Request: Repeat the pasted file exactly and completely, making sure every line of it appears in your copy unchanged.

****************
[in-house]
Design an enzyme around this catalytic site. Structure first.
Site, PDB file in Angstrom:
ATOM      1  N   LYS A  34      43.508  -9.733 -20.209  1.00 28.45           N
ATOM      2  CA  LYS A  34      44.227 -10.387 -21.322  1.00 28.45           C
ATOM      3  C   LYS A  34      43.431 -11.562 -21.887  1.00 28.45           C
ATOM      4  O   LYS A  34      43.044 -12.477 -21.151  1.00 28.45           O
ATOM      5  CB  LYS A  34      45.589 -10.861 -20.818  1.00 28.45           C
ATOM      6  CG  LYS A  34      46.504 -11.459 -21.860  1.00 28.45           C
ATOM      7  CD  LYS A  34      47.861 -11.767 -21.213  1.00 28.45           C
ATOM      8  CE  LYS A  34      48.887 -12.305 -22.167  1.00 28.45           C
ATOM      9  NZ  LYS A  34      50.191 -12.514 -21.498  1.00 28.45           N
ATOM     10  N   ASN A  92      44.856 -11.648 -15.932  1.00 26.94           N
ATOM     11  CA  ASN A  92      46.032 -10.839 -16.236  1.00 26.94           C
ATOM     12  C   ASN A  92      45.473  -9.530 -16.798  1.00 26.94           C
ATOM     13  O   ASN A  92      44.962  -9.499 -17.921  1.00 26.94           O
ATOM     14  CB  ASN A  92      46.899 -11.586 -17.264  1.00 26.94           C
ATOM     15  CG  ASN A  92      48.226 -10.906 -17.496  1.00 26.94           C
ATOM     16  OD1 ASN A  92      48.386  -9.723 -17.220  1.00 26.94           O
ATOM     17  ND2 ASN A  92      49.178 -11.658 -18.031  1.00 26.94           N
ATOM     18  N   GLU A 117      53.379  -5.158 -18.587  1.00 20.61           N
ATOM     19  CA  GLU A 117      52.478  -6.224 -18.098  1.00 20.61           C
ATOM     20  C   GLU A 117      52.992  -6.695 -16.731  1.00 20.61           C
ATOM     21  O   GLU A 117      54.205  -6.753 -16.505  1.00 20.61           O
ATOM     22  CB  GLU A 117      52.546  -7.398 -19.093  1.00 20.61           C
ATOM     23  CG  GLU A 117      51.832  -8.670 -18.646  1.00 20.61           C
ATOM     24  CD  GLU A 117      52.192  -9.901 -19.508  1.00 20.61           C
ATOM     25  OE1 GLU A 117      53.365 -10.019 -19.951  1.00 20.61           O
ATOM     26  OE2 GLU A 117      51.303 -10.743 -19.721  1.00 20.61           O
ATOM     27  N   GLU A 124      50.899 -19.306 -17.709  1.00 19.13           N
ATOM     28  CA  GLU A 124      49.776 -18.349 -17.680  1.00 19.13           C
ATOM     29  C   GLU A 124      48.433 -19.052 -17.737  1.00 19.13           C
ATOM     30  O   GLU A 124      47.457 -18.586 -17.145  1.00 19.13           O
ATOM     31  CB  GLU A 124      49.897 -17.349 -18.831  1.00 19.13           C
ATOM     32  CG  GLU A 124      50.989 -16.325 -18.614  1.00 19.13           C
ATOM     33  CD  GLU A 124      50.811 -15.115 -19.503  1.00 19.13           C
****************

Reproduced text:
[in-house]
Design an enzyme around this catalytic site. Structure first.
Site, PDB file in Angstrom:
ATOM      1  N   LYS A  34      43.508  -9.733 -20.209  1.00 28.45           N
ATOM      2  CA  LYS A  34      44.227 -10.387 -21.322  1.00 28.45           C
ATOM      3  C   LYS A  34      43.431 -11.562 -21.887  1.00 28.45           C
ATOM      4  O   LYS A  34      43.044 -12.477 -21.151  1.00 28.45           O
ATOM      5  CB  LYS A  34      45.589 -10.861 -20.818  1.00 28.45           C
ATOM      6  CG  LYS A  34      46.504 -11.459 -21.860  1.00 28.45           C
ATOM      7  CD  LYS A  34      47.861 -11.767 -21.213  1.00 28.45           C
ATOM      8  CE  LYS A  34      48.887 -12.305 -22.167  1.00 28.45           C
ATOM      9  NZ  LYS A  34      50.191 -12.514 -21.498  1.00 28.45           N
ATOM     10  N   ASN A  92      44.856 -11.648 -15.932  1.00 26.94           N
ATOM     11  CA  ASN A  92      46.032 -10.839 -16.236  1.00 26.94           C
ATOM     12  C   ASN A  92      45.473  -9.530 -16.798  1.00 26.94           C
ATOM     13  O   ASN A  92      44.962  -9.499 -17.921  1.00 26.94           O
ATOM     14  CB  ASN A  92      46.899 -11.586 -17.264  1.00 26.94           C
ATOM     15  CG  ASN A  92      48.226 -10.906 -17.496  1.00 26.94           C
ATOM     16  OD1 ASN A  92      48.386  -9.723 -17.220  1.00 26.94           O
ATOM     17  ND2 ASN A  92      49.178 -11.658 -18.031  1.00 26.94           N
ATOM     18  N   GLU A 117      53.379  -5.158 -18.587  1.00 20.61           N
ATOM     19  CA  GLU A 117      52.478  -6.224 -18.098  1.00 20.61           C
ATOM     20  C   GLU A 117      52.992  -6.695 -16.731  1.00 20.61           C
ATOM     21  O   GLU A 117      54.205  -6.753 -16.505  1.00 20.61           O
ATOM     22  CB  GLU A 117      52.546  -7.398 -19.093  1.00 20.61           C
ATOM     23  CG  GLU A 117      51.832  -8.670 -18.646  1.00 20.61           C
ATOM     24  CD  GLU A 117      52.192  -9.901 -19.508  1.00 20.61           C
ATOM     25  OE1 GLU A 117      53.365 -10.019 -19.951  1.00 20.61           O
ATOM     26  OE2 GLU A 117      51.303 -10.743 -19.721  1.00 20.61           O
ATOM     27  N   GLU A 124      50.899 -19.306 -17.709  1.00 19.13           N
ATOM     28  CA  GLU A 124      49.776 -18.349 -17.680  1.00 19.13           C
ATOM     29  C   GLU A 124      48.433 -19.052 -17.737  1.00 19.13           C
ATOM     30  O   GLU A 124      47.457 -18.586 -17.145  1.00 19.13           O
ATOM     31  CB  GLU A 124      49.897 -17.349 -18.831  1.00 19.13           C
ATOM     32  CG  GLU A 124      50.989 -16.325 -18.614  1.00 19.13           C
ATOM     33  CD  GLU A 124      50.811 -15.115 -19.503  1.00 19.13           C